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EHA 2019: COLUMBA study

Written by | 2 Jul 2019 | All Medical News

Article written by Maria Dalby. Interview by Hannah Chatfield.

Another study with significant practice implications is the COLUMBA study, presented by Professor Maria-Victoria Mateos (University Hospital of Salamanca, Spain). This study was designed to demonstrate that daratumumab administered by subcutaneous injection is as effective and safe as intravenous daratumumab in the RRMM setting. 

Dr Martin Kaiser (London, UK) discusses potentially practice changing data from the COLUMBA study which assessed SC vs IV daratumamab in RRMM.

A total of 522 patients with double-refractory RRMM and at least three prior lines of therapy were included in the study and randomised 1:1 to receive daratumumab subcutaneously at a dose of 1,800mg or intravenously at a dose of 16mg/kg until disease progression.

The co-primary endpoints were non-inferiority of subcutaneous daratumumab versus intravenous daratumumab with respect to ORR and maximum trough concentration of daratumumab. At a median follow-up period of 7.46 months, 57% of patients in each treatment arm had discontinued study treatment, in most cases due to progressive disease. ORR in the subcutaneous daratumumab arm was 41.1% compared with 37.1% in the intravenous arm, and ≥VGPR and ≥CR rates were comparable in the two treatment arms. The ratio of maximum trough concentration of daratumumab on day 1 of cycle 3 was 107.93% for subcutaneous daratumumab versus intravenous daratumumab. Both co-primary endpoints met their respective criteria for non-inferiority. ORR was comparable across all pre-defined subgroups including body weight, and PFS and OS were comparable between the two treatment arms.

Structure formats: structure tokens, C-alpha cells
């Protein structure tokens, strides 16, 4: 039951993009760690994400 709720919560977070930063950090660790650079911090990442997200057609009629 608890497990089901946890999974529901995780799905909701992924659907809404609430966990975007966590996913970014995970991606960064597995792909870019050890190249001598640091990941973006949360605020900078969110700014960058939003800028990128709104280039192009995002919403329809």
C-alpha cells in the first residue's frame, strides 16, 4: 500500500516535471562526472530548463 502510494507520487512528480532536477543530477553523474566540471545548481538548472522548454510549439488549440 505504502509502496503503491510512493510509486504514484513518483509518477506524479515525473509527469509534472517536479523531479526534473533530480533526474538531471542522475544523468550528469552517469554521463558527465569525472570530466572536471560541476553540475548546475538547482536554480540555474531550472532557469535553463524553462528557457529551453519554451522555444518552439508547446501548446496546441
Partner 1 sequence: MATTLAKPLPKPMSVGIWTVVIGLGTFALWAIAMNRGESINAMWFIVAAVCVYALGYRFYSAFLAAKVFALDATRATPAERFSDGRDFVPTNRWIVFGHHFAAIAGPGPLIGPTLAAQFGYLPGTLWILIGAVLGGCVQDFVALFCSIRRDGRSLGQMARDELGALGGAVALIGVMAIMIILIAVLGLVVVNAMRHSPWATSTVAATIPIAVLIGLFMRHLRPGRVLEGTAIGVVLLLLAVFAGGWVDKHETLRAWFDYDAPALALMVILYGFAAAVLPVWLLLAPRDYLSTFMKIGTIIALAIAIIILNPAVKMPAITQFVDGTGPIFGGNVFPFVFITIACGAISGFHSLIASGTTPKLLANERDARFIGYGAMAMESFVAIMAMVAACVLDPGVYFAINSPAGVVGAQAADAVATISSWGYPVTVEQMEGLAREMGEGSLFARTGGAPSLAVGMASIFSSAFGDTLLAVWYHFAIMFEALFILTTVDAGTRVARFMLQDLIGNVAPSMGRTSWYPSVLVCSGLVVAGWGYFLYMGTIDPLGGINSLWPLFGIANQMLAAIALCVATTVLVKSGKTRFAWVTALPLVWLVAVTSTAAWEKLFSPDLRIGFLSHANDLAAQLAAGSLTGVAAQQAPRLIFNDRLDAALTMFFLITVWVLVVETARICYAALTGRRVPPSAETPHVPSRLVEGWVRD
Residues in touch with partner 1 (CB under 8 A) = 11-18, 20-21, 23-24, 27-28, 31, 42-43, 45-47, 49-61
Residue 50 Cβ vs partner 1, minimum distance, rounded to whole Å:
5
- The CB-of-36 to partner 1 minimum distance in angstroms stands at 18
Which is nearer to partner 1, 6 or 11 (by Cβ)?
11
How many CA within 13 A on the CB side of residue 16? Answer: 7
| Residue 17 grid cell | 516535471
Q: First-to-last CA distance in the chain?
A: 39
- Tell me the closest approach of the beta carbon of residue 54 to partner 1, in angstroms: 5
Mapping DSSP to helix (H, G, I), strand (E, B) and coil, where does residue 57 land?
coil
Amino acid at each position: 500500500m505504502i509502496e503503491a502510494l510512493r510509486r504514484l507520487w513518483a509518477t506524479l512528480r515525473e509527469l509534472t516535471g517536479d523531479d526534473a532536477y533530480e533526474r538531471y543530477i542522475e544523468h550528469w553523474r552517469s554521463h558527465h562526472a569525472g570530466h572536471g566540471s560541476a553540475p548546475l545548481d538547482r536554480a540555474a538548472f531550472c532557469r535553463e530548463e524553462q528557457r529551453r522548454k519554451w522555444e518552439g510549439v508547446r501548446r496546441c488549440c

Patients in the subcutaneous daratumumab arm had significantly fewer infusion reactions compared with intravenous daratumumab (12.7% versus 34.5%; OR=0.28; 95% CI 0.18, 0.44; p<0.0001), with few grade 3 reactions and no grade 4 reactions. Apart from fewer infusion reactions, the safety profiles were comparable in the two arms. Patients receiving subcutaneous daratumumab were significantly more satisfied with their treatment, as shown by higher scores on the Modified Cancer Treatment Satisfaction Questionnaire, and the investigators concluded that the COLUMBA study results support the use of daratumumab at a uniform dose administered subcutaneously.

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